Have you ever known someone who has that special knack at finding bargains? The kind of score that gives you a twinge of envy and a slightly sick stomach?
“Oh, gee. I can’t believe I just found this brand new Coach purse for $3.50. Ah-mazing.”
Yeah, well that is not me. I would be the person who was standing next to the person who found the ridiculously priced Coach purse while holding the Gloria Vanderbilt purse priced at $10.50. Yep. That’s my kind of bargain luck.
So, I will never profess to be a “bargain shopper,” although it is not from lack of trying. I just don’t have the gift, and I do believe it is a gift.
And, although I don’t possess the “gift” it does not hinder me from getting the occasional motivation to hit the local St. Vincent de Paul’s for my own attempt at bargain shopping.
It was during one of these recent trips that I discovered some truths about thrift shopping and would like to share them with you.
1) Only people with very small feet donate really good shoes. My inability to find a shoe in a size 8 1/2 that did not feature pirate-sized buckles or 4 inch platform heels could be due in part to my bad bargain mojo. But it become apparent to me that if I wanted some decent kicks I would need to research foot binding.
2) Shoppers are very territorial over their place at the half-price bin. I thought there was going to be a bit of a throw-down when I accidentally stepped in front of a very serious woman in curlers and crocs. “Oh, I apologize. Is this your bin?” I asked her, albeit a bit sarcastically. My attempt at humor only managed to infuriate the lady to a point that lead me to shop with one eye on the her at all times.
3) Shoppers are eager to share their recent bargains with you. I heard no less than three different shopping stories from as many people during my stint at the thrift store. At first, I was flattered that these ladies wanted to share their finds with me. And then, as the stories of “bargains” grew much like that of a fisherman’s “big catch” story, I realized that I was being subjected to more of a brag fest than anything else, which only heightened my own shopping insecurities. I toyed with the idea of spinning a bit of my own yarn but decided to wait until my next trip out to give me some time to work out a really good one. I know. I’m not proud of it.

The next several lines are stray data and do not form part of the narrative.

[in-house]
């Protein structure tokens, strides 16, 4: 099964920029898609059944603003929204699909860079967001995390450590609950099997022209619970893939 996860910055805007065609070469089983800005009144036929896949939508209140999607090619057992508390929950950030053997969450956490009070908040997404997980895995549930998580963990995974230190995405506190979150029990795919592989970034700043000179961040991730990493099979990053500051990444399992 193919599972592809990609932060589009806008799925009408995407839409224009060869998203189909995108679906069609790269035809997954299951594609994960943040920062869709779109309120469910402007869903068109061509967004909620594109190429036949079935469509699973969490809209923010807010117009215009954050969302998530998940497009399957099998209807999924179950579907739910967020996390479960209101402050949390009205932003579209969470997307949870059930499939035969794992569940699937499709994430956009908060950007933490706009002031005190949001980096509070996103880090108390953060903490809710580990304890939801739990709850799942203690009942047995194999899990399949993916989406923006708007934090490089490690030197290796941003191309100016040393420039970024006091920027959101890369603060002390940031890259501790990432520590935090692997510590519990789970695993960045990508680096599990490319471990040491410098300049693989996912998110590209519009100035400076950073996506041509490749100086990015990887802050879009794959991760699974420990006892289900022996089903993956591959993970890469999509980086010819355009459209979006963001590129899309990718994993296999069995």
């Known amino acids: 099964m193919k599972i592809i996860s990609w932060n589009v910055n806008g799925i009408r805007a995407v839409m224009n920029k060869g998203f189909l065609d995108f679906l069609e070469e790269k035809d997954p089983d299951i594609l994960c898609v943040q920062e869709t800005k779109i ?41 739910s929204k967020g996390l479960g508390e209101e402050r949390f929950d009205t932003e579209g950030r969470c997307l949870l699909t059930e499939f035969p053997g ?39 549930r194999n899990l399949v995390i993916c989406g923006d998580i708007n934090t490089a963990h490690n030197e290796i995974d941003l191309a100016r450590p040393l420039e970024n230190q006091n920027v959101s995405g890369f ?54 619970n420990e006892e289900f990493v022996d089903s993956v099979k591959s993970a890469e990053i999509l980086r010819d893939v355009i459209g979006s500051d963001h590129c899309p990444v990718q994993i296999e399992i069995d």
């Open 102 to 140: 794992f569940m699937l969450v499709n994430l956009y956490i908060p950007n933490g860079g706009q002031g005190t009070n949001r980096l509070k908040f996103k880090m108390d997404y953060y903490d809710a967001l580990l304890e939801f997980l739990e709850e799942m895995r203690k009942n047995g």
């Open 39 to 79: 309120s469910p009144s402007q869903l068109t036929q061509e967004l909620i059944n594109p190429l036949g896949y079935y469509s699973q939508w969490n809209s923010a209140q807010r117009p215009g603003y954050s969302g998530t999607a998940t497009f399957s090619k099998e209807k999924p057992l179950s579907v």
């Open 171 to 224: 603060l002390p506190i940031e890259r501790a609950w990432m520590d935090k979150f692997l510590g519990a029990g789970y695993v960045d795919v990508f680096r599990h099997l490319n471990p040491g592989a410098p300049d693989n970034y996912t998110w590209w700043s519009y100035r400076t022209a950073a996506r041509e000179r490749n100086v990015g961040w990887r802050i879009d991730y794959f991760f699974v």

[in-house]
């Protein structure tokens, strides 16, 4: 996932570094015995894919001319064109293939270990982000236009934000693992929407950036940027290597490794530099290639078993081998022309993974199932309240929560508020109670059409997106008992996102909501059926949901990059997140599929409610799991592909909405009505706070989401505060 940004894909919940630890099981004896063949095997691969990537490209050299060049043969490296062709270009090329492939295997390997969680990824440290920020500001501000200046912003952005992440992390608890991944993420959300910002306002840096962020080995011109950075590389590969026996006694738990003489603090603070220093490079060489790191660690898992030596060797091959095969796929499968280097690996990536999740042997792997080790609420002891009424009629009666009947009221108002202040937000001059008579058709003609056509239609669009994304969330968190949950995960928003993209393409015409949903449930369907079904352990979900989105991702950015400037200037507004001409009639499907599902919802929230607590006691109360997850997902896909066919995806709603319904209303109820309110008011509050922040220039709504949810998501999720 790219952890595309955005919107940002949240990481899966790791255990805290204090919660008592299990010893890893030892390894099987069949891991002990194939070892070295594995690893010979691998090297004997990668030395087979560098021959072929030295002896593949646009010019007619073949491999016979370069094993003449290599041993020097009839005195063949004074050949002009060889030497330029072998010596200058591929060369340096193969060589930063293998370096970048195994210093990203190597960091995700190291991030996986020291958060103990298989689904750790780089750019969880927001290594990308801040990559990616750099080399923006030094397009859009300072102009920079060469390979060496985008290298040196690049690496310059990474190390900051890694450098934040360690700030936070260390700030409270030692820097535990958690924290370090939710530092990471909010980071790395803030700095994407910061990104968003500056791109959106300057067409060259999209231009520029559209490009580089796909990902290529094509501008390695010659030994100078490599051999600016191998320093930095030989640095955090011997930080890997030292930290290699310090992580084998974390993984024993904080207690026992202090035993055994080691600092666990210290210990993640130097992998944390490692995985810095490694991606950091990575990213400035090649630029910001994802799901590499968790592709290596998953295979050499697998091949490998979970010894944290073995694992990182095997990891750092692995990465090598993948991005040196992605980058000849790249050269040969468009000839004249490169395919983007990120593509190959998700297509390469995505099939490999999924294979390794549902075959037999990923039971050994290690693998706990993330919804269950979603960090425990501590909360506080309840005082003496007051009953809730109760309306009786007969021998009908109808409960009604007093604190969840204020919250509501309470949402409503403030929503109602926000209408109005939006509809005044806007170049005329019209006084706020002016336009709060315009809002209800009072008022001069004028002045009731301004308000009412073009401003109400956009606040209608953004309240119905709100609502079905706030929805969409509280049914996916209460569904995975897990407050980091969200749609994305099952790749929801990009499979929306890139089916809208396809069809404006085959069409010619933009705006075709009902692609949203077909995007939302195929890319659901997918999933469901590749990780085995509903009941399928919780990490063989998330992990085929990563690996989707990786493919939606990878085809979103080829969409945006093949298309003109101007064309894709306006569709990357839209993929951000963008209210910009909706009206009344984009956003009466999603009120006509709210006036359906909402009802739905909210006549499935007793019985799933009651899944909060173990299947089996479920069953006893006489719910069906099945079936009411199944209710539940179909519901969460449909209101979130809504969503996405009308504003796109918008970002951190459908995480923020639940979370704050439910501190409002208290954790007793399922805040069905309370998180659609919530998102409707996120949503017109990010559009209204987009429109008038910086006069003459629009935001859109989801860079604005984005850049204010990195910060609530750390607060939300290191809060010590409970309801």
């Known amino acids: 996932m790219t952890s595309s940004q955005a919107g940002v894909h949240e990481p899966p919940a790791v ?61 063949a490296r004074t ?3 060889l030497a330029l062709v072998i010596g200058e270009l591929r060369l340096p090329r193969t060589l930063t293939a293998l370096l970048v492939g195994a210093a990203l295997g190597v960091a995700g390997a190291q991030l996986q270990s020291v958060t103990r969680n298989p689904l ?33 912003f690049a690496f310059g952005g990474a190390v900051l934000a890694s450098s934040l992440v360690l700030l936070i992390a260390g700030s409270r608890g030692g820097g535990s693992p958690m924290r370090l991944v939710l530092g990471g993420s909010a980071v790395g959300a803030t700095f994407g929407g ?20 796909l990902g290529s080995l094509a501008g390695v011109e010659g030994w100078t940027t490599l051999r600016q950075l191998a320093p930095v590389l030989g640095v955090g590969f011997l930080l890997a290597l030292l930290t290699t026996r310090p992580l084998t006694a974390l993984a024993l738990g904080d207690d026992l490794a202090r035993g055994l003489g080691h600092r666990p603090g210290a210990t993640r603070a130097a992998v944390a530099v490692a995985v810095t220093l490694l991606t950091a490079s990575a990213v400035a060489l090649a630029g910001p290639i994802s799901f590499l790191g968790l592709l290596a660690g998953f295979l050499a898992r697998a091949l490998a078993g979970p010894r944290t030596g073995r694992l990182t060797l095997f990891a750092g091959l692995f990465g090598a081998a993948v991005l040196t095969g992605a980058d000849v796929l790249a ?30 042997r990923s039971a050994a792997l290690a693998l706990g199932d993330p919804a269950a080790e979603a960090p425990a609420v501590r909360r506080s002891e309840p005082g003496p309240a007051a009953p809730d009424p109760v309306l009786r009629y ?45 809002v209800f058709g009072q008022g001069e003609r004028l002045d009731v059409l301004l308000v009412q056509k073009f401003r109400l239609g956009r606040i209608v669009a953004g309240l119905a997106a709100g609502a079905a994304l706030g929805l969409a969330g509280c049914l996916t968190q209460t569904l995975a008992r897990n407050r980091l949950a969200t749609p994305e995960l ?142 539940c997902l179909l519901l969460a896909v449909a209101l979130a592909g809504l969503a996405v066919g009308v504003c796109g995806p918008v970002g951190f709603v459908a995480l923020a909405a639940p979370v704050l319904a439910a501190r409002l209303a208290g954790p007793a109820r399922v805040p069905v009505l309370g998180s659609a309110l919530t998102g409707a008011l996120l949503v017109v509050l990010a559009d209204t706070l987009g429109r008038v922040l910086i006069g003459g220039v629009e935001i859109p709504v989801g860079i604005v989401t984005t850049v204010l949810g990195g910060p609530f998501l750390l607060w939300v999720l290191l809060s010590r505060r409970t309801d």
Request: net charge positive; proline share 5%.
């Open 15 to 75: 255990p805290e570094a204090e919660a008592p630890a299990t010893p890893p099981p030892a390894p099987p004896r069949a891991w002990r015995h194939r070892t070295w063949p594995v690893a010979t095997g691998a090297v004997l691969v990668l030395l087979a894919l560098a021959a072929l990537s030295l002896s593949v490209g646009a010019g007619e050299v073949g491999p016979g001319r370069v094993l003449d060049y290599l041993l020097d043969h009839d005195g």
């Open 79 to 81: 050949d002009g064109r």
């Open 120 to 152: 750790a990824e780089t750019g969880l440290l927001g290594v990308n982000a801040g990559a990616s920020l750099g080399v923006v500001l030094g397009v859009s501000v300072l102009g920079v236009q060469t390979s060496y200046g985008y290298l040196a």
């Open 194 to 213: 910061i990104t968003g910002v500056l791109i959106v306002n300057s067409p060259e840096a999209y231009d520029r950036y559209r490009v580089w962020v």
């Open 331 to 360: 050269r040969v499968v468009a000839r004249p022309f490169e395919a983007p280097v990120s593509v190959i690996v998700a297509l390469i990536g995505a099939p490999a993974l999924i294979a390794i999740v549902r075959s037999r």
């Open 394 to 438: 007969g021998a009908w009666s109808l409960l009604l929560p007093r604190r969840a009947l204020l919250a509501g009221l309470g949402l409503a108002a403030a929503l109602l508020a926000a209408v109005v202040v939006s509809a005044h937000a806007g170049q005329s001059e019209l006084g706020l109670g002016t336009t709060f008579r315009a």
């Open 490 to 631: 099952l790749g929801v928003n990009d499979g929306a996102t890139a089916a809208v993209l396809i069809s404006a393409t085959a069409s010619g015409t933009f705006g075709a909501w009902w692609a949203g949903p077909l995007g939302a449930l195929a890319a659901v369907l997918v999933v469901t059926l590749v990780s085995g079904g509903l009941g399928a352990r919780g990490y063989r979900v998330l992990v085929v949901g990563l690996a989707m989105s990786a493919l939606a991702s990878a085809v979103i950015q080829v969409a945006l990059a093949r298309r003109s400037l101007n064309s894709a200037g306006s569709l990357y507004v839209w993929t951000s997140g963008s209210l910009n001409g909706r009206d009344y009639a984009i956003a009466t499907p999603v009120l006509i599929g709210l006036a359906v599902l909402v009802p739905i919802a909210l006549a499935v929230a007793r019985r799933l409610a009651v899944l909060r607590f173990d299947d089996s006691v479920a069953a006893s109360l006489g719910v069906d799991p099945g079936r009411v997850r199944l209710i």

4) Nobody likes a critic. To be quite honest, this one stumped me a little bit. I noticed that if I spent an extra minute scrutinizing a specific item I was met with a few derisive looks and, at times, open contempt from my fellow thrift shoppers. “There ain’t a thing wrong with that there shirt,” I was told at one point while perusing what appeared to be a stain on a Jack-sized tee. “Oh, I think there might be a grease stain here,” I answered the onlooker. “Nothing that a little Shout won’t fix,” I was reminded with a sneer which held an undertone of “get over yourself…it’s a thrift shop.” I’ll be needing a little thicker skin if I plan to make a habit out of this bargain hunting.
5) The bargains are really there…if you look hard enough. I spent a good forty-five minutes attempting to find an especially “thrifty” item or two to no avail. I had about given up the hunt when I suddenly came upon a specially-marked rack offering 50% off toddler clothing. Huzzah! Gap, Old Navy, Osh Kosh and the like for…get ready for it…fifty cents a piece! Anybody who has spent a small fortune outfitting a three year-old who’s very character seems to be hellbent on destruction can appreciate the idea of a half-dollar shirt! Black marker graffiti art and spilled mustard hurts a tiny bit less when adorning a cheap t-shirt.
I’m a believer now. With a little resilience and some heady determination bargain shopping can not only be a successful venture but kind of fun at the same time. Although, my next trip out I’ll be ready for the curler-headed Croc-wearing professional thrift shopper and reserve my place at the bargain bin before she has a chance to elbow me out of the way.